Carr-Gomm, H. W. Gladstone, RtHn. Herbert John Lamont, Norman
Cawley, Sir Frederick Glendinning, R. G. Langley, Batty
Chance, Frederick William Glover, Thomas Leese,Sir Joseph F.(Accrington
Channing, Sir Francis Allston Goddard, Sir Daniel Ford Lehmann, R. C.
Cheetham, John Frederick Gooch, George Peabody (Bath) Lever, A.Levy (Essex,Harwich
Churchill, Rt. Hon. Winston S. Greenwood, G. (Peterborough) Levy, Sir Maurice
Cleland, J. W. Grey, Rt. Hon. Sir Edward Lewis, John Herbert
Clough, William Gulland, John W. Lloyd-George,Rt. Hon. David
Cobbold, Felix Thornley Guldon,RtHn. Sir W Brampton Lough, Rt. Hon. Thomas
Collins, Stephen (Lambeth) Haldane, Rt. Hon. Richard B. Luttrell, Hugh Fownes
Collins,Sir Wm. J. (S.Pancras, W Hall, Frederick Lyell, Charles Henry
Cooper, G. J. Harcourt, Rt.Hn. L. (Rossendale Macdonald, J. R. (Leicester)
Corbett, A. Cameron(Glasgow) Harcourt,Robert V.(Montrose) Macdonald, J.M.(Falkirk Bg'hs
Corbatt,C.H(Sussex,E.Grinst'd Hardy, George A. (Suffolk) Mackarness, Frederic C.
Cornwall, Sir Edwin A. Harmsworth, Cecil B. (Wore.) M'Callum, John M.
Cory, Sir Clifford John Harmsworth,R. L. (Caithn'ss- sh M'Kenna, Rt. Hon. Reginald
Cotton, Sir H. J. S. Harvey, A. G. C. (Rochdale) M'Laren, Sir C. B. (Leicester)
M'Micking, Major G. Rendall, Athelstan Taylor, Austin (East Toxteth)
Maddison, Frederick Richards,T. F. (Wolverh'mpt'n Taylor, Theodore C. (Radcliffe)
Mallet, Charles E. Richardson, A. Tennant, Sir Edward (Salisbury
Manfield, Harry (Northant s) Ridsdale, E. A. Tennant, H. J. (Berwickshire)
Markham, Arthur Basil Roberts, Charles H. (Lincoln) Thomas,David Alfred (Merthyr
Marks, G.Croydon(Launceston) Roberts, G. H. (Norwich) Thomasson, Franklin
Marnham, F. J. Roberts,Sir John H.(Denbighs.) Thorne, G R. (Wolverhampton)
Massie, J. Robertson,Sir G.Scott(Bradf'rd Tomkinson, James
Menzies, Walter Robertson, J. M. (Tyneside) Toulmin, George
Micklem, Nathaniel Robinson, S. Trevelyan, Charles Philips
Molteno, Percy Alport Robson, Sir William Snowdon Ure, Alexander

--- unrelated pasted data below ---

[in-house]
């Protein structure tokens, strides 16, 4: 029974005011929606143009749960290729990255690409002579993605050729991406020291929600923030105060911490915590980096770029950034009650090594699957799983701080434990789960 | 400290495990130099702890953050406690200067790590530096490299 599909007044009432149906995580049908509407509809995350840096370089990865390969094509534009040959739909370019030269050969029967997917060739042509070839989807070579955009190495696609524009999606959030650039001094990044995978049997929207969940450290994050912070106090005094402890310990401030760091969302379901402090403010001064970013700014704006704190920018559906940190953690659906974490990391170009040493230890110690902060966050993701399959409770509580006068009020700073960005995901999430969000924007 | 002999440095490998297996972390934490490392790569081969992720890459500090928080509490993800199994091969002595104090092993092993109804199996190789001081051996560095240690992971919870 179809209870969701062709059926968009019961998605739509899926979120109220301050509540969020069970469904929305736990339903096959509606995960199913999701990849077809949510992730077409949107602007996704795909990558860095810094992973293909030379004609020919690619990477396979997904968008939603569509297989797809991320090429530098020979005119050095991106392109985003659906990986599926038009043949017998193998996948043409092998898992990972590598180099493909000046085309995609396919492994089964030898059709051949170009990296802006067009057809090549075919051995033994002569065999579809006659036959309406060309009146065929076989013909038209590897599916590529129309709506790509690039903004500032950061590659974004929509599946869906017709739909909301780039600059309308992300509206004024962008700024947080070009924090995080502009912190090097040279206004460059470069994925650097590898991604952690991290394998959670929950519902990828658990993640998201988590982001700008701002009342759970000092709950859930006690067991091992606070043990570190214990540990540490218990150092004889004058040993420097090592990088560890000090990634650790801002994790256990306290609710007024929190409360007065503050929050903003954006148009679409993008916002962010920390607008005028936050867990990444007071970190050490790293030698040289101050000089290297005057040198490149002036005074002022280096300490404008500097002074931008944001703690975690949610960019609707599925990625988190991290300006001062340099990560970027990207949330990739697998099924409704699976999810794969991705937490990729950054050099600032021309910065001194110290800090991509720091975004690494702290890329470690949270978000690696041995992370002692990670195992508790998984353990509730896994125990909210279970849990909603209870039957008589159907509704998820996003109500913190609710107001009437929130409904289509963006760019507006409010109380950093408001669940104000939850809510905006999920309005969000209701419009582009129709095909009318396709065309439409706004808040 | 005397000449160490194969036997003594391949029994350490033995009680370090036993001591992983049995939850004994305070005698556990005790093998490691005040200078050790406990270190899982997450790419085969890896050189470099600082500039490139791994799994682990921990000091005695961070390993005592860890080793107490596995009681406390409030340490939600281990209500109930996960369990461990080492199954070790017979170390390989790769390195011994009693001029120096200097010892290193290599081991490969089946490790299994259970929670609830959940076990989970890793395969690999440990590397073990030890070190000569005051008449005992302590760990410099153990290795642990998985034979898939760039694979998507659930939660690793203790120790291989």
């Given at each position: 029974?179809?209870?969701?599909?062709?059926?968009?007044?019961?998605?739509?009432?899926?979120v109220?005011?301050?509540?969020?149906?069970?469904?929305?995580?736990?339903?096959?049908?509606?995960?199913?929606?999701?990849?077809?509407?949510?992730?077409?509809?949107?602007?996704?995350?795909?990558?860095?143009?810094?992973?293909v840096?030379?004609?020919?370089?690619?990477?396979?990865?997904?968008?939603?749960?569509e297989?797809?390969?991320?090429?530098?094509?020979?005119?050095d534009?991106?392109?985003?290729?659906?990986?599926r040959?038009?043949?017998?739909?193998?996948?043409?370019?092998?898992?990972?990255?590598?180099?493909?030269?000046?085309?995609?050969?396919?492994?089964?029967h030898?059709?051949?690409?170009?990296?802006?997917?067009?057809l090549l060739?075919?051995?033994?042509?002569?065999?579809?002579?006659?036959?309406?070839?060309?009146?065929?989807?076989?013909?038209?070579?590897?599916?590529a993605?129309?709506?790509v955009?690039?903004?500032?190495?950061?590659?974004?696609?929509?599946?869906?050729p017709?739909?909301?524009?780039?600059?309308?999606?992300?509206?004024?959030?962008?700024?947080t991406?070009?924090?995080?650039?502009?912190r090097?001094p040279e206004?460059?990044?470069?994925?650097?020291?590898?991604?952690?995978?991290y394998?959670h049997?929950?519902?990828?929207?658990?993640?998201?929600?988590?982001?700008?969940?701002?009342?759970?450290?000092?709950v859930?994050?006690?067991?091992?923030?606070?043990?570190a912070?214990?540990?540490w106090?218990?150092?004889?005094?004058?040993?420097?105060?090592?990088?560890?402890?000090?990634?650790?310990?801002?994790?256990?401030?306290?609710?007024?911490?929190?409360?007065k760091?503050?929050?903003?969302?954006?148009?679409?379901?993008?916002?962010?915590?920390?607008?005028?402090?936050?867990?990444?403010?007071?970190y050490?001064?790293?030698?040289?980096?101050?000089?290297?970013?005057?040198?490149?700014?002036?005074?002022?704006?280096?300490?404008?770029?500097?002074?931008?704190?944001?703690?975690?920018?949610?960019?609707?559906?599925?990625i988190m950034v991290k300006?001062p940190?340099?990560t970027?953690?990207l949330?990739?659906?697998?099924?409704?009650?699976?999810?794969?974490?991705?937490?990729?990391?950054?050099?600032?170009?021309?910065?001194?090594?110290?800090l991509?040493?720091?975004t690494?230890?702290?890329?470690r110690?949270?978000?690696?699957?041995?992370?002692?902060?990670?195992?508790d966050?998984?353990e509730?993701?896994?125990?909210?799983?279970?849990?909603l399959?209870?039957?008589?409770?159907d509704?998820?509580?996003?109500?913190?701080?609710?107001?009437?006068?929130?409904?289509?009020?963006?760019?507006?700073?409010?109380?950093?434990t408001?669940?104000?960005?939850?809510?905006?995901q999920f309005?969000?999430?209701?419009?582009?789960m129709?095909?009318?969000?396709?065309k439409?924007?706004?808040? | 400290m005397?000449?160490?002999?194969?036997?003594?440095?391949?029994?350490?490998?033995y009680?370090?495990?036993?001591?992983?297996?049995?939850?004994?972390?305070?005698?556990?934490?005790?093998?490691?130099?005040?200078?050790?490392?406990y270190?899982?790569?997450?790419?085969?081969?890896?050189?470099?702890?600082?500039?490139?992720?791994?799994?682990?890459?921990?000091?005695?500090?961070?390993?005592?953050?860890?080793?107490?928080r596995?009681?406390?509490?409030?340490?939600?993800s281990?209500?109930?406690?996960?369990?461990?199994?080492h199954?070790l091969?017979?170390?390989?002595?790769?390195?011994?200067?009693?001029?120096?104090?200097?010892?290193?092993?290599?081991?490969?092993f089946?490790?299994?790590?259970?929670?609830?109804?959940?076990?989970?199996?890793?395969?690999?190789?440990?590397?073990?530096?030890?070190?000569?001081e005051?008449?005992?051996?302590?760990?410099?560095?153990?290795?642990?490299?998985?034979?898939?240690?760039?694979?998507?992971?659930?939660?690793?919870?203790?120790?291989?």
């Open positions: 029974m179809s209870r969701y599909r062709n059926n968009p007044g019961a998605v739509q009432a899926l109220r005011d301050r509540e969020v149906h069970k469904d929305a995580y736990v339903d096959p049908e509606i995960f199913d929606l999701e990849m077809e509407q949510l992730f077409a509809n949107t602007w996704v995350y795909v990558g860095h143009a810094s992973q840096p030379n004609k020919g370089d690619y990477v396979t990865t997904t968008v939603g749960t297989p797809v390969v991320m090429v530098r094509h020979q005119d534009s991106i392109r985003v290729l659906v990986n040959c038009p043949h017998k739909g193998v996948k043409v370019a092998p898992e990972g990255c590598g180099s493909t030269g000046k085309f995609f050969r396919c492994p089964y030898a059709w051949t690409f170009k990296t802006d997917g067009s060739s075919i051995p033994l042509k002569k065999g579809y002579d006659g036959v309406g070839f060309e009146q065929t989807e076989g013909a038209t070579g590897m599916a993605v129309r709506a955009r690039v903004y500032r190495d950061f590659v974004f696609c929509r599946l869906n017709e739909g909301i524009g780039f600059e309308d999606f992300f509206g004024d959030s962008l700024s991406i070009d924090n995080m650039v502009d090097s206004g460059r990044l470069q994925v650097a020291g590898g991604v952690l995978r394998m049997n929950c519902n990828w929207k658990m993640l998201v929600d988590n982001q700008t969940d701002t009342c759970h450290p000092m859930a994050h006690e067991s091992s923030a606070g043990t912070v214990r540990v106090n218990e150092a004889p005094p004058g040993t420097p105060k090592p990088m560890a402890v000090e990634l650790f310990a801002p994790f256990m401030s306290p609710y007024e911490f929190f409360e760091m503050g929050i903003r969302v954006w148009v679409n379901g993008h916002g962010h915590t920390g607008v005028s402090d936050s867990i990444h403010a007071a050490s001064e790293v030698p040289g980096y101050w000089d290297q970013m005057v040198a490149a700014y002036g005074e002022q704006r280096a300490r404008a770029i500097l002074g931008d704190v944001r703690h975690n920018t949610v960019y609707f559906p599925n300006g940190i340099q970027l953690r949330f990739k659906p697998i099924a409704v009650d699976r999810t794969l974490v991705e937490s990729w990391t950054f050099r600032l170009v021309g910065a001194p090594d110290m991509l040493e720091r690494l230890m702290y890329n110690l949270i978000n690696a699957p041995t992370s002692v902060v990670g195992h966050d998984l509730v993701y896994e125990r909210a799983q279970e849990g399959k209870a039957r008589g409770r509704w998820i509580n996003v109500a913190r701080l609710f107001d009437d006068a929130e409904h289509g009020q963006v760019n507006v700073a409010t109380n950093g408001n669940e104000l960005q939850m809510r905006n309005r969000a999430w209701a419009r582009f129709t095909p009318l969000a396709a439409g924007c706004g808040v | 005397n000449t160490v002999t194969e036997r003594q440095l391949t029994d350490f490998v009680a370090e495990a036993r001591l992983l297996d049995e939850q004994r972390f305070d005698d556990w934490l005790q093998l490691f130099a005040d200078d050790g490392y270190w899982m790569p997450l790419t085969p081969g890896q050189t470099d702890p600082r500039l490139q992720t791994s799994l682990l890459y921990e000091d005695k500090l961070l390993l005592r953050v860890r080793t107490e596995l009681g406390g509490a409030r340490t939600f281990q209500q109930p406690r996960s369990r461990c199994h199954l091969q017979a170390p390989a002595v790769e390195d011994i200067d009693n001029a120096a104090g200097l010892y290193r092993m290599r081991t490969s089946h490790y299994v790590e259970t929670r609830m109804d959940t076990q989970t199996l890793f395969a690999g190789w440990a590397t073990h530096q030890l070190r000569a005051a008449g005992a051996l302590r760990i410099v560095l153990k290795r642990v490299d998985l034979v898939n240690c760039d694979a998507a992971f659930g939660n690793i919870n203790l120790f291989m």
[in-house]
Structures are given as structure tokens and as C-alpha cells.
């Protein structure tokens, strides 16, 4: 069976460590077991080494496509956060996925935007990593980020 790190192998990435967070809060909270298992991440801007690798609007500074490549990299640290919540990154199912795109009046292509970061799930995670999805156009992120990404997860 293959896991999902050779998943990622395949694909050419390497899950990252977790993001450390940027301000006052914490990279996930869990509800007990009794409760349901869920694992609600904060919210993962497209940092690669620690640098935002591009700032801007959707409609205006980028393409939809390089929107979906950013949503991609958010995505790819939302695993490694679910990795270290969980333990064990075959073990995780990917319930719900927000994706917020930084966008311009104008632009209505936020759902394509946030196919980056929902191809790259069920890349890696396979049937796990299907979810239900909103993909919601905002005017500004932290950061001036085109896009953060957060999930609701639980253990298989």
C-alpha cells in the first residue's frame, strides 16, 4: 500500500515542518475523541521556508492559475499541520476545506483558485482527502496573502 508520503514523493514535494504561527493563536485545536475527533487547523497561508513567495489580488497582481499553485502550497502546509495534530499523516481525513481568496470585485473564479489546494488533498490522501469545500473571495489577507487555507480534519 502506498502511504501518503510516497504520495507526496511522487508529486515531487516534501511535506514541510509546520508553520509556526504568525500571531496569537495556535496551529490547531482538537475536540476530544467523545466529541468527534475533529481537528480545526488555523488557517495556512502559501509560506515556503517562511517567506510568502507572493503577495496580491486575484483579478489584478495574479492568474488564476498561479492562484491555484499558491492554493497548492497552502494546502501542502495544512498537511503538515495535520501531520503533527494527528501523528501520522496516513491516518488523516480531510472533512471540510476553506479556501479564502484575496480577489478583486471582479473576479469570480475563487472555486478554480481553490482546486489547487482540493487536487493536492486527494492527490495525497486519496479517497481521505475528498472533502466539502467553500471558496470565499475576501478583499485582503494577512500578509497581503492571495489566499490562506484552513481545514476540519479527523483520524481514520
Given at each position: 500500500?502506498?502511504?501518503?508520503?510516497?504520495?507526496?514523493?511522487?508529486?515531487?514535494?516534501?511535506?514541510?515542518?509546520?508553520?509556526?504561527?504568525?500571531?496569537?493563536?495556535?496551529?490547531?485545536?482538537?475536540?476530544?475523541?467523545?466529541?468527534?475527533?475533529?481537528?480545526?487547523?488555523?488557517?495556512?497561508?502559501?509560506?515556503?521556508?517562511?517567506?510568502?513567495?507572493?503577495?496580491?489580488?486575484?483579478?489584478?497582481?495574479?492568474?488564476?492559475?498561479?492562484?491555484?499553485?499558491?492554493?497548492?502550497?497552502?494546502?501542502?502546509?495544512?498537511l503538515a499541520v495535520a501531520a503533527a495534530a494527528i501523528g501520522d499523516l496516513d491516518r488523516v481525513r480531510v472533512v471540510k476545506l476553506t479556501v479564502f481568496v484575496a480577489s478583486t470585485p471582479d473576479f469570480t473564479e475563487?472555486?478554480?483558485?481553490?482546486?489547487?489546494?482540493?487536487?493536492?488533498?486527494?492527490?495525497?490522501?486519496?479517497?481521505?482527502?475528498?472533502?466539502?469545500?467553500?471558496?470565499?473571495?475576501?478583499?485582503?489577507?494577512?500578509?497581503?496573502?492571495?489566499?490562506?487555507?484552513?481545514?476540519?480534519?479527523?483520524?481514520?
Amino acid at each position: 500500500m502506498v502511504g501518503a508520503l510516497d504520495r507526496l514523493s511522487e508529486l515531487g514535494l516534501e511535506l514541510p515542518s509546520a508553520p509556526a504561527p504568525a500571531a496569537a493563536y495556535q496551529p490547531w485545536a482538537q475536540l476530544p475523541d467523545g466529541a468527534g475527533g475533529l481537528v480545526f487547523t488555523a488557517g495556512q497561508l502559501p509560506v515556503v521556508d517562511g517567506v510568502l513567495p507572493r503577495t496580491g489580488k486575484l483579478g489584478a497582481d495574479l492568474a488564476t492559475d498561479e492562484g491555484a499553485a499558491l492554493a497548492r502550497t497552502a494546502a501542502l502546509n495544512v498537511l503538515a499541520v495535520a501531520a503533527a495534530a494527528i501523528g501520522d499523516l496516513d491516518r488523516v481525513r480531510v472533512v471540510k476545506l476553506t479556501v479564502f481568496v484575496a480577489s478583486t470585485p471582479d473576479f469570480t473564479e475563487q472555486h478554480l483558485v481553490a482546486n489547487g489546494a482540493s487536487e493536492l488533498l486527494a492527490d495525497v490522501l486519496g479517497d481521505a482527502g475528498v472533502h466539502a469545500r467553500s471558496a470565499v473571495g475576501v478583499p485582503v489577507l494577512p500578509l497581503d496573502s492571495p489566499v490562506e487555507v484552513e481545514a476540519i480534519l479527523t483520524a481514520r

Mond, A. Roche, John (Galway, East) Verney, F. W.
Montagu, Hon. E. S. Roe, Sir Thomas Vivian, Henry
Montgomery, H. G. Rogers, F. E. Newman Wadsworth, J.
Morgan, G. Hay (Cornwall) Rose, Charles Day Walsh, Stephen
Morrell, Philip Rowlands, J. Walton. Joseph
Morse, L. L. Runciman, Rt. Hon. Walter Ward,W.Dudley (Southampton
Morton, Alpheus Cleophas Russell, T. W. Warner, Thomas Courtenay T.
Myer, Horatio Samuel,Herbert L.(Cleveland) Wason, Rt.Hn.E. (Clackmannan
Napier, T. B. Samuel, S. M. (Whitechapel) Wason, John Cathcart(Orkney)
Newnes, F.(Notts, Bassetlaw) Scarisbrick, T. T. L. Waterlow, D. S.
Nicholls, George Schwann, C. Duncan (Hyde) Weir, James Galloway
Nicholson,Charles N. (Doncast'r Schwann,Sir C.E. (Manchester) White, Sir George (Norfolk)
Norman, Sir Henry Scott, A.H.(Ashton-under-Lyne White, J. D. (Dumbartonshire)
Norton, Capt. Cecil William Seddon, J. White, Luke (York, E.R.)
Nussey, Thomas Willans Seely, Colonel Whitehead, Rowland
Nuttall, Harry Shaw, Charles Edw. (Stafford) Whitley, John Henry (Halifax)
Parker, James (Halifax) Shaw, Rt. Hon. T.(Hawick B.) Whittaker,Rt.Hn.Sir Thomas P.
Partington, Oswald Shipman, Dr. John G. Wiles, Thomas
Paulton, James Mellor Silcock, Thomas Ball Williams, Osmond (Merioneth)
Pearce, Robert (Staffs, Leek) Simon, John Allsebrook Williamson, A.
Pearson, W.H.M.(Suffolk, Eye) Sinclair, Rt. Hon. John Wills, Arthur Walters
Philipps, Owen C.(Pembroke) Smeaton, Donald Mackenzie Wilson, Henry J. (York, W.R.
Pickersgill, Edward Hare Soares, Ernest J. Wilson, John (Durham, Mid)
Pollard, Dr. Stanley, Albert (Staffs, N.W.) Wilson, J.W.(Worcestersh. N.)
Ponsonby, Arthur A.W.H. Stanley,Hn.A. Lyulph(Chesh.) Wilson, P. W.(St. Pancras, S.)
Price,Sir Robert J.(Norfolk,E.) Steadman, W. C. Wilson. W. T. (Westhoughton)
Priestley, Arthur (Grantham) Stewart, Halley (Greenock) Winfrey, R.
Priestley, W.E. B.(Bradford,E.) Stewart-Smith, D. (Kendal) Wood, T. McKinnon
Radford, G. H. Strachey, Sir Edward
Raphael, Herbert H. Straus, B. S. (Mile End) TELLERS FOR THE NOES—Mr. Joseph Pease and Master of Elibank.
Rea, Russell (Gloucester) Stuart, James (Sunderland)
Rea, Walter Russell (Scarboro' Summerbell, T.
Redmond, William (Clare) Sutherland, J. E.

I beg to move that you do report progress, and ask leave to sit again.


I suppose it is understood that we do nothing else to-night?


Yes, Sir.

Committee report progress; to sit again to-morrow.